- Audible Audio Edition
- Listening Length: 16 hours and 54 minutes
- Program Type: Audiobook
- Version: Unabridged
- Publisher: Tantor Audio
- Audible.com Release Date: October 24, 2007
- Language: English
- ASIN: B000XTK7G0
- Amazon Best Sellers Rank:
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A Life Decoded: My Genome - My Life Audiobook – Unabridged
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The best part of the story begins as he returns from Vietnam, a near failure in high school, now stimulated by his experiences as a corpsman to study and go to medical school. He has married a New Zealand girl he met on R&R in Australia. They both go to UCSD once they have mastered junior college. Here he becomes interested in biochemistry, then cell biology. He is the beneficiary of the interest of a noted cell biologist who likes his story and encourages him to do research. Eventually, this leads to a PhD only seven years after his return from the war. He goes on to a medical school faculty position, gradually building his research credentials until he is invited to join the NIH.
He tells the story of his research into the nature of the adrenaline receptor, the link that allows the hormone to stimulate the heart to beat faster and more powerfully. From there, he begins to study the genetics of the receptor. From there, he climbs the path to world fame and meets some nasty surprises in fellow scientists whose personal ambition cancels their devotion to science. I highly recommend this book to those with some background in biology and genetics. He tries to simplify for a broader audience but the subject is still complex. I read the book in two days, actually taking longer than I might with another non-fiction book because it requires concentration and some rereading to understand the details. The science, not the author, is the hero here and it takes some time to understand it all.
The government was set to decode the genome in 20 years giving out billions to university professors using manual techniques. Venter raised $200 million, bought a bunch of machines, and worked them 24/7 for 2 years and got the job done. They still made him share the glory with the National Institute of Health and its 20 year project.
He sailed around the world collecting water samples and discovered more new life forms than had been found previously. His story about serving in the Army in Vietnam is priceless. He got his start in biology working as a medic in vietnam. after that he went to school.
Great insights into genetics. He and his new lab are working to develop synthetic life. He can already build DNA starting with bases A, T, U, G.
Most of this book is about his work, the seemingly unavoidable politics of navigating schemes that opposed his work, and then a little about sailing. Venter had the vision and confidence to lead teams of people towards large goals that took years to achieve. Due to his biochemist training, he was attentive to detail and got unprecedented results partly due to painstakingly verifying manufacturer's claims. While his ability to execute on a long term plan and attend to detail seemed surprising for someone who was a bad high school student, throughout his life he consistently displayed a highly competitive, risk seeking nature, which allowed him to be the game changer in his field. A top performer, he seems to fixate on and draw motivation from opposition and criticims. Aside from Venter's boldness and drive, the only personality that comes out is that of a cartoonishly devious and somewhat stupid Watson.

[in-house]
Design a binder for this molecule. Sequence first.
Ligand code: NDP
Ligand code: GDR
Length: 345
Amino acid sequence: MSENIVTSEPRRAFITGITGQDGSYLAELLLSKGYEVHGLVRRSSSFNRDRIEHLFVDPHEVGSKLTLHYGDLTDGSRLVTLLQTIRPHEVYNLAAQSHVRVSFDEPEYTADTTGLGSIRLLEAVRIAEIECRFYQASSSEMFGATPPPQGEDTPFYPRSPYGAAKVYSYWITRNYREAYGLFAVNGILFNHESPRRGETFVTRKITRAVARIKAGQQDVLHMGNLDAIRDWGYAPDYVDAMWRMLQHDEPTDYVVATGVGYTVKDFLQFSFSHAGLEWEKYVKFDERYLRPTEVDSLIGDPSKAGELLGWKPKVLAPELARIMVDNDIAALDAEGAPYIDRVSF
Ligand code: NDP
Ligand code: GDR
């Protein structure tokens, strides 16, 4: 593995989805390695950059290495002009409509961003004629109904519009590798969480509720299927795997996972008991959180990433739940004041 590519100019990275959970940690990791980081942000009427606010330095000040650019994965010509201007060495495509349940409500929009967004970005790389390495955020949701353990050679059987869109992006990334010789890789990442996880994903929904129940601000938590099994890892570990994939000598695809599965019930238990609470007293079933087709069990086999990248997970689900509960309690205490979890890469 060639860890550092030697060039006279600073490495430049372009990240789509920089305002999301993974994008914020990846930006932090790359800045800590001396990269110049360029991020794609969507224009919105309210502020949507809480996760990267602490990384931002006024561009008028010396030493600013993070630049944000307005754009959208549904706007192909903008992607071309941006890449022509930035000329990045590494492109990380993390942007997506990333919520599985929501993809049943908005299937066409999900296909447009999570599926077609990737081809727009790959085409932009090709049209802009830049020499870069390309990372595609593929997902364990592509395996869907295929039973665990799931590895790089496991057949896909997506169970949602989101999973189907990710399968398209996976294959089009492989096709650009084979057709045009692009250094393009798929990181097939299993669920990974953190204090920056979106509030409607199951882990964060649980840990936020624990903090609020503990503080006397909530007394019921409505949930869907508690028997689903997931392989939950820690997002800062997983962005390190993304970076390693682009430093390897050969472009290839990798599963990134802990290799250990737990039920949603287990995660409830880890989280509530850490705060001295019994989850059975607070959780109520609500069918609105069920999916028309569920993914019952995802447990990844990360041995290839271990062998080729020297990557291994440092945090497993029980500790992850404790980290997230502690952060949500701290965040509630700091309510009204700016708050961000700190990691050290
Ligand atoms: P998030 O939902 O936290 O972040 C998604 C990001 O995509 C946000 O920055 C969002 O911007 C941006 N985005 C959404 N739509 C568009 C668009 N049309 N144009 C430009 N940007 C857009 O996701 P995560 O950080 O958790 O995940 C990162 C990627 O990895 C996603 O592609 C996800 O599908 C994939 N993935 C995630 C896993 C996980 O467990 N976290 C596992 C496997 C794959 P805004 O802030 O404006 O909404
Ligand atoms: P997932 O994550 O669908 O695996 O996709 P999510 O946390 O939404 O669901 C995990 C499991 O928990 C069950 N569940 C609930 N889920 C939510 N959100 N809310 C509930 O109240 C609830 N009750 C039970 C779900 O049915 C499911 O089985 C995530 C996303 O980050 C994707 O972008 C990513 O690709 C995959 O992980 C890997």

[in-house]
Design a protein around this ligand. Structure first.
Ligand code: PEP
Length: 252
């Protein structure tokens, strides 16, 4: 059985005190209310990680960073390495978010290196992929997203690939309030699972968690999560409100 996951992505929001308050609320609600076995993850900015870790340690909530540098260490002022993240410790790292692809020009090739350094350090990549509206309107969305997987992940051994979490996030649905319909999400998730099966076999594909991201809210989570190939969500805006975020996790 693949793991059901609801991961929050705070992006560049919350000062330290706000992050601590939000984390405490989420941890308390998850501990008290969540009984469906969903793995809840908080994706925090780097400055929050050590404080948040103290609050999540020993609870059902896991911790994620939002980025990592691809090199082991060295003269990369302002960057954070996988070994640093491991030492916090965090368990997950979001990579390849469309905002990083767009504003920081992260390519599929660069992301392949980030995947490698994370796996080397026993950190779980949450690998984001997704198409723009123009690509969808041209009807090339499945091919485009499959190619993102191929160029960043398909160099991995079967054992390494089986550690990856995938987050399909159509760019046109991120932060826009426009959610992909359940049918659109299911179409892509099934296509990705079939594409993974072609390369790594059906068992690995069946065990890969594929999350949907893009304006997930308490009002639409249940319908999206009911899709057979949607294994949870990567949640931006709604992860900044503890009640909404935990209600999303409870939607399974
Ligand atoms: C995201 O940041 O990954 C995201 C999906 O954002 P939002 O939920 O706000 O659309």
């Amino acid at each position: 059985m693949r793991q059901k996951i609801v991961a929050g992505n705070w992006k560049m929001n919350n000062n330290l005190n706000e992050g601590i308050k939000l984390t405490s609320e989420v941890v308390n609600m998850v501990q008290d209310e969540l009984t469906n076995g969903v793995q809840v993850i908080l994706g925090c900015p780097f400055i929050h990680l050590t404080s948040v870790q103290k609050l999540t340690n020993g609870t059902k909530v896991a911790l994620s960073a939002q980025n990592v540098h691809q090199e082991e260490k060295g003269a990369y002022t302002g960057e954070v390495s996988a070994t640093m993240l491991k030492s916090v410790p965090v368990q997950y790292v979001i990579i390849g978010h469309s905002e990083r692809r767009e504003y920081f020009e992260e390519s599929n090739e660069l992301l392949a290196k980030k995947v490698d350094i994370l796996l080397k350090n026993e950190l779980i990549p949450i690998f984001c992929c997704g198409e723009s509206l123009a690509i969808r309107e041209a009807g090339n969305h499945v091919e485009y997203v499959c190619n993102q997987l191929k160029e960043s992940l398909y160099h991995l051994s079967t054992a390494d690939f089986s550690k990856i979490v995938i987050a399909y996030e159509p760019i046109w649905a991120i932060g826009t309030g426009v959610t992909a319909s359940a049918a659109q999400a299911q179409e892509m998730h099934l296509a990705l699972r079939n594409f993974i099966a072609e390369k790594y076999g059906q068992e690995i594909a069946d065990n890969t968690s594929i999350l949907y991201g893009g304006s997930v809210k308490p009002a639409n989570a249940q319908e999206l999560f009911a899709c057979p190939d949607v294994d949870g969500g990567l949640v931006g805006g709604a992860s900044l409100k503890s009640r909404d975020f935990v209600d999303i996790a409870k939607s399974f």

The concepts are easy to understand but Venter emphasizes that biological ideas are cheap- the devil's in the details, a perhaps obvious statement that helped to drive me away from biology ages ago because it's so complex, just one thing after another. Despite innovating towards using sophisticated computing and robotic technology, something like 10-90% of the machines would be broken on any given day, and Venter describes endless other implementational headaches to get the necessary data.
This inspirational account of doggedly pursuing one's vision also reveals a depressing aspect of the current scientific world where mediocrity is incentivized and innovation difficult without significant ego. Modern scientists seem to have to choose between acclaim (ultimately in the form of the Nobel prize) and money (by disappearing into industry and branded as opposed to sharing work, regardless of whether they actually share data or not). This obsession with the Nobel prize makes me consider the motivations of the great scientists of yore like Newton, who obviously never received these prizes, and reveals that humans are naturally competitive- if we can't compete over money then we compete over recognition. The myth of the tenured genius like Mendel bumbling about with experiments so far ahead of their time as to have no immediate use is not a beneficial model when generally applied. Balancing the slow, beurocratic, often ineffective, resource draining motions of modern academia with the perhaps shortsighted, globally suboptimal greed of industry illustrates a question encountered in many spheres.